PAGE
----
The data required to deliver 120 fresh 8K images every second is so great, HDMI 2.1 uses a form of compression called DSC to make all the information fit through the pipe. HDMI 2.1 can even go up to 10K resolution, at up to 100Hz, but this is not so interesting it won’t be a resolution used by TVs. Or consoles. 

The HDMI standard is why Sony and Microsoft can talk about 8K, 120Hz gaming even before any games exist for the upcoming consoles. And we think it’s highly unlikely any big release games will focus on achieving 120 frames per second at 8K resolution. Making them look great at 4K, running at 60 frames per second, will bring a better best balance of visual thrills and smooth-looking motion. For most of us, the benefit of frame rates above 60 per second diminishes rapidly. 

VR is the obvious exception. Virtual reality headsets tend to use high refresh rate panels because they help avoid motion sickness, and now we have the tech to actually transmit visual data at very high resolutions and very high refresh rates. Also, some stylized lower-poly or non-3D “normal” titles may hit 8K at 120fps with no problems. 

Variable refresh rate (VRR)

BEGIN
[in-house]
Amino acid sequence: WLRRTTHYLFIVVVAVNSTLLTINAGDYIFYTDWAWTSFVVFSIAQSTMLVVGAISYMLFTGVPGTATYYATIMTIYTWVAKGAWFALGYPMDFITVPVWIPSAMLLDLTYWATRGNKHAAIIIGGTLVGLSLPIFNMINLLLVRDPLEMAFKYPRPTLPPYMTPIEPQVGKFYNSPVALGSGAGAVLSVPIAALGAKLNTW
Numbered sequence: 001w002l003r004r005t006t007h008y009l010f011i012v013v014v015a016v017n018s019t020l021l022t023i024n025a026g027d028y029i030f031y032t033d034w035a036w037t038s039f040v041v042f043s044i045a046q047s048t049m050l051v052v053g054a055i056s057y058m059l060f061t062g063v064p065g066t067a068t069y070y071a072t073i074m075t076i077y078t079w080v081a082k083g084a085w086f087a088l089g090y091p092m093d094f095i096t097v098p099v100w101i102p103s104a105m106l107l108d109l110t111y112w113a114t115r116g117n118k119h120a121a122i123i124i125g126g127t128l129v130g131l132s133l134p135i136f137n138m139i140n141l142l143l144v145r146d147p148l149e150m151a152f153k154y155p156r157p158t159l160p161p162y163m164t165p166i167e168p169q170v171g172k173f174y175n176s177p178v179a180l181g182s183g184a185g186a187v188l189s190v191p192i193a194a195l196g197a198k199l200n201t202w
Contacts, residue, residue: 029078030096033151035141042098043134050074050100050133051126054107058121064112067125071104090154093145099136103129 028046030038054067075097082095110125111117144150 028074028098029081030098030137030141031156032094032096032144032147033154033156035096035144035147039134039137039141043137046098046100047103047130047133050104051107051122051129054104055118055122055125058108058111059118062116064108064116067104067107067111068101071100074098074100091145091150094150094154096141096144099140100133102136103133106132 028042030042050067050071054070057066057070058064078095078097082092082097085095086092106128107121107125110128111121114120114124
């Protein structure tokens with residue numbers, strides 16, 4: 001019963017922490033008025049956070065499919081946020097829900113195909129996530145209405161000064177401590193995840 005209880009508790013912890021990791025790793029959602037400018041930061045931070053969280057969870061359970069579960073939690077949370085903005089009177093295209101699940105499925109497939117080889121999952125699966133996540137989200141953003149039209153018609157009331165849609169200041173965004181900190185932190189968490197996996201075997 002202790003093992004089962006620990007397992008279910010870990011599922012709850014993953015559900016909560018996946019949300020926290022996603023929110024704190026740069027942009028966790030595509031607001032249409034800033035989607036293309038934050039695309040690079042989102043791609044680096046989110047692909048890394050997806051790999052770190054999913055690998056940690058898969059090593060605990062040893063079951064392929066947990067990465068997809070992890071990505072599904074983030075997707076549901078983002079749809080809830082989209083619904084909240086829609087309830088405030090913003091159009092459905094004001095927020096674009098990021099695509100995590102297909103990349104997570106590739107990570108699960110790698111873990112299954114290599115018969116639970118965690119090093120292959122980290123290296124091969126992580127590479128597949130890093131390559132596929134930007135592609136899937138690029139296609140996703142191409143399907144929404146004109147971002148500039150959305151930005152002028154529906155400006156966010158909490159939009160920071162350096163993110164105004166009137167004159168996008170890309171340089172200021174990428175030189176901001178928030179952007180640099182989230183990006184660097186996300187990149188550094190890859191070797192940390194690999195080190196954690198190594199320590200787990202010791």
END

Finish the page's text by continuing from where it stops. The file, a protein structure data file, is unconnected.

Assassin's Creed Syndicate

Assassin's Creed Syndicate (Image credit: HDMI)

This is the most gamer-friendly feature of the HDMI 2.1 line-up: variable refresh rate. It is similar to Nvidia G-sync, letting the refresh rate of the display match more closely the frame rate of the game you play. “By waiting until the next frame is ready to transport it, a smoother gaming experience can be provided to the user,” says the HDMI website.

This should eliminate screen tearing, which is where the screen refresh rate and the console’s frame rendering are out of sync, and you end up with the content from two frames on-screen at the same time. And it looks like the image has been ripped. Xbox One owners can already get a similar feature, FreeSync, when the console is used with certain TVs and monitors. 

Auto Low Latency

(Image credit: HDMI)

Here is another great feature for gamers, Auto Low Latency. This enables a game console to take control over the processing mode of your TV, in order to prioritise low latency (lag) or processing quality depending on the content displayed. 

Lots of settings you can apply in a TV’s settings menu can affect the number of milliseconds of lag between the frame being sent and it appearing on your TV. Auto Low Latency would let your Xbox Series X switch between a “game” style mode to a more “TV” style one on-the-fly as you move between a game and the Netflix app.